Next week it’s my birthday! I’m so grateful just anticipating that I’ll get to have another one! Dawn was going to come over for a birthday dinner and puzzle night. We had it planned for weeks. She was kind enough to agree to isolate for four days prior to our date, and we both planned to take rapid antigen tests shortly before she came over. But because of my high risk factors for Covid, and the Omicron surge, and the fact that we both were, unavoidably, around unmasked people in confined spaces four days ago, and the recent suggestion that the rapid tests may not be as reliable for Omicron, we adapted to a plan B.
I roasted a chicken with garden carrots and some sweet potatoes, and steam-sautéed some garden green beans from the freezer. She baked shortbread. She delivered the cookies and picked up a box of dinner and a new puzzle, and drove the couple miles back home. Then, we zoomed together for dinner, put away our dishes, and opened our puzzles. It was almost as good as being in the same space working on the same puzzle–not quite, but almost. The camaraderie was still there, the quiet focus on the puzzles interspersed with meaningful conversation.
The virus sucks. The ignorance that facilitated and perpetuates the Covid crisis sucks. I feel profound compassion for the healthcare workers who are overwhelmed because of the sheer stupidity of a staggering number of humans. It’s my patriotic duty to stay healthy and well. Given that this is the world we live in for now, I’m grateful for adaptability, and for the ongoing tolerance and acceptance my friends show for my super high risk threshold.
It sounds melodramatic on the surface. Why wouldn’t I have survived the day? Why bother to be grateful for something so mundane? Yet this was the first day I’ve driven beyond Crawford since witnessing that shocking wreck on the highway. I passed the scene twice, on my way to Hotchkiss and back. I ran some quotidian errands–gasoline, picking up cat fud at the vet, a few groceries at City Market–and drove home. That’s all. But I was tense and anxious, not only because of the wreck, but the Covid risk of going about in a county that largely never believed in the virus in the first place, flouted the original mask mandate (down to the Sheriff’s department which became an instant hot spot), and has concluded that it’s through with Covid now whether or not Covid is through with it. In the past couple of weeks the county has recorded roughly 1.1 deaths a day from the virus.
We tend to assume, each morning that we rise alive, that today is just another day to spend like any other day, that we’ll make it through this day without dying; and that’s just ridiculous. Lots of people die every day, many of them without pre-existing conditions and without any warning. Shit happens. I’m learning to take nothing for granted. I was grateful to wake up alive again this morning, and I’m grateful for surviving the day. Each night I try to fall asleep with my pulse pounding in my neck. Tomorrow, I’ll be grateful to make it to the hospital (and back) for some tests to try to determine what this sensation is about, and pinpoint the cause of other strange symptoms as well.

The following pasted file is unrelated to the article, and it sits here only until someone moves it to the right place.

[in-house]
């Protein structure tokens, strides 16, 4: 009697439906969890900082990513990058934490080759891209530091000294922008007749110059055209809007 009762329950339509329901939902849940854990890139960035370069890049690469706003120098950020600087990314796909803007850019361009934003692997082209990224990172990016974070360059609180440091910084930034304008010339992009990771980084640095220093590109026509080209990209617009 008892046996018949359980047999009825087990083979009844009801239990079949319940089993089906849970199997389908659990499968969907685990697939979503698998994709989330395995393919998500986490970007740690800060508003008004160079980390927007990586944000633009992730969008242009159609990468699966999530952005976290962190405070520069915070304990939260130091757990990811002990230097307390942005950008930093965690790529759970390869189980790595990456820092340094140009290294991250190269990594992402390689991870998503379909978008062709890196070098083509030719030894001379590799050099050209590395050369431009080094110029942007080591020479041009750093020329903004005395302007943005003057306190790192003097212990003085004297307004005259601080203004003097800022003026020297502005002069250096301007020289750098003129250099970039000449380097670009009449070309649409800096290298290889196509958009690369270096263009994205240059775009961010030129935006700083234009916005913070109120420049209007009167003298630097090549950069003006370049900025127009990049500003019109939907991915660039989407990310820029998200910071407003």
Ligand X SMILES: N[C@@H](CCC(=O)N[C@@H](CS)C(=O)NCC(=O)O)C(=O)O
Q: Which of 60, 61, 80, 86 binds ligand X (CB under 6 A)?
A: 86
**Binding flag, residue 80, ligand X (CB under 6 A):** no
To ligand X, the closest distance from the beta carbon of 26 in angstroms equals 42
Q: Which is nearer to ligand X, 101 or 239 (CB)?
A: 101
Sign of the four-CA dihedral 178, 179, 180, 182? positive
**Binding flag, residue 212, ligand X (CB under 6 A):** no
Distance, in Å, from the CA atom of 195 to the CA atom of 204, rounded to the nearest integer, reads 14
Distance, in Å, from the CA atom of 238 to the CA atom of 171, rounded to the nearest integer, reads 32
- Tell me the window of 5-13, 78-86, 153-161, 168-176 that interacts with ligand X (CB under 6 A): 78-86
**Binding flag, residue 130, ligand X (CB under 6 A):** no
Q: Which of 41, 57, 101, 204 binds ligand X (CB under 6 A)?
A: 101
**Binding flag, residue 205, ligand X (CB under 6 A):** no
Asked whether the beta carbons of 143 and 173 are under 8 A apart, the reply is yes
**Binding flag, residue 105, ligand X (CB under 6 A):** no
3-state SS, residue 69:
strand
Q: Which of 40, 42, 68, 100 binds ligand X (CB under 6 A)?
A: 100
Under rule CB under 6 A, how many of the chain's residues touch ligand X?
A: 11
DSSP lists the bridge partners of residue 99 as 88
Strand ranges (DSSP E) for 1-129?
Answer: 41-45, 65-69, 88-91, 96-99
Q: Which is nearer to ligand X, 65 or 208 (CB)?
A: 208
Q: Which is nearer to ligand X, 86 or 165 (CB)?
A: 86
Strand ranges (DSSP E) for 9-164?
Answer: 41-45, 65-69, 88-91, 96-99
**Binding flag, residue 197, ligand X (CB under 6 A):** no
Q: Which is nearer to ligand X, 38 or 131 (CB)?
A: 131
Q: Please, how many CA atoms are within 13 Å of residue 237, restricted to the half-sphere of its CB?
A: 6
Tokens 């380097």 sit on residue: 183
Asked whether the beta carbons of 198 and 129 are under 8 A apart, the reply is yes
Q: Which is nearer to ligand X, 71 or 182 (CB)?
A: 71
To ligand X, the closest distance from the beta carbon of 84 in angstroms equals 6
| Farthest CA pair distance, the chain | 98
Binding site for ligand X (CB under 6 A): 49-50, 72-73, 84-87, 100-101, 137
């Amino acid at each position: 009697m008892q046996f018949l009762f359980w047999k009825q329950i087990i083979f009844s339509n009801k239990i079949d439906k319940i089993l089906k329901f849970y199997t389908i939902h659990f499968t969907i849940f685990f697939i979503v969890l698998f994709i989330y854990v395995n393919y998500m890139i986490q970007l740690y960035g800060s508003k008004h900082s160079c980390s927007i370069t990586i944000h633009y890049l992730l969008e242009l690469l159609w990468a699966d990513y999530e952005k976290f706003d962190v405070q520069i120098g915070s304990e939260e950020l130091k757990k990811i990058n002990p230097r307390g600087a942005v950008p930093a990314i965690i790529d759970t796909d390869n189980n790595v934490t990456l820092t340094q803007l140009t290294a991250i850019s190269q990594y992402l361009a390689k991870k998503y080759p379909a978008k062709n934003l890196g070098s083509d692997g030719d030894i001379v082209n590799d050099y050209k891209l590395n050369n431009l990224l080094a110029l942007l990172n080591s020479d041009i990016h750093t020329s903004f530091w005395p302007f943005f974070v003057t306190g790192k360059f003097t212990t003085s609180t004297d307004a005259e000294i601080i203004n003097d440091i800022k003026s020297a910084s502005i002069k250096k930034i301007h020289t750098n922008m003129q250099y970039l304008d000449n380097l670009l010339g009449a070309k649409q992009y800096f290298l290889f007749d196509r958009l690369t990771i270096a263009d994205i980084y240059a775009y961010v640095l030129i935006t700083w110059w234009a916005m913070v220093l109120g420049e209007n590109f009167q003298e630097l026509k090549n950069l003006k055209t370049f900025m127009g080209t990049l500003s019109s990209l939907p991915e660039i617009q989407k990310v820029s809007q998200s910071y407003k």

Or at least rule out some icky options. As Francisco said, “When you know what it is, it’s just pain.” When you don’t know what it is, it can grow into a menacing monster. Driving from town this afternoon, the thought of home beckoned like a lighthouse, as it will again tomorrow. If I can only make it there, and back again to safe harbour, then I can finally relax; then I will be happy. Ha! Each day, each breath, a new adventure.
Before I returned Sarah’s puzzle, “Matisse’s Studio” (from artwork by Damian Elwes), I wanted to do it again. My strategy on this round was to pull all the pieces easily identified as the paintings on the studio walls and quickly assemble as much as I could of those little gems.
Having only looked at the box lid once, using Seymour’s Rule, I couldn’t recall which paintings went where in the scheme of things. The flat edges of most of them are designed to trick the puzzler into sorting out more edge pieces than are really puzzle edges.
Having wrapped up the paintings and determined that they did include actual puzzle edges and two corners, I then assembled the sea, with its near beach and far city shore, followed by the balcony. These steps were pretty easy, with the distinctive color of the sea and two key whimsy pieces including a mermaid, and the balcony’s definitive railing.
Assembling the remaining components took more time. Colors and shapes are key, but in true Matisse fashion, Elwes splashed mixed up colors all over the place. Then the brilliant puzzle designer created intricate cuts with flimsy connections.
I persevered, soaking up the bright colors on a couple of grey days, delighting in the details that emerged as each little section revealed itself. So many separate little scenes!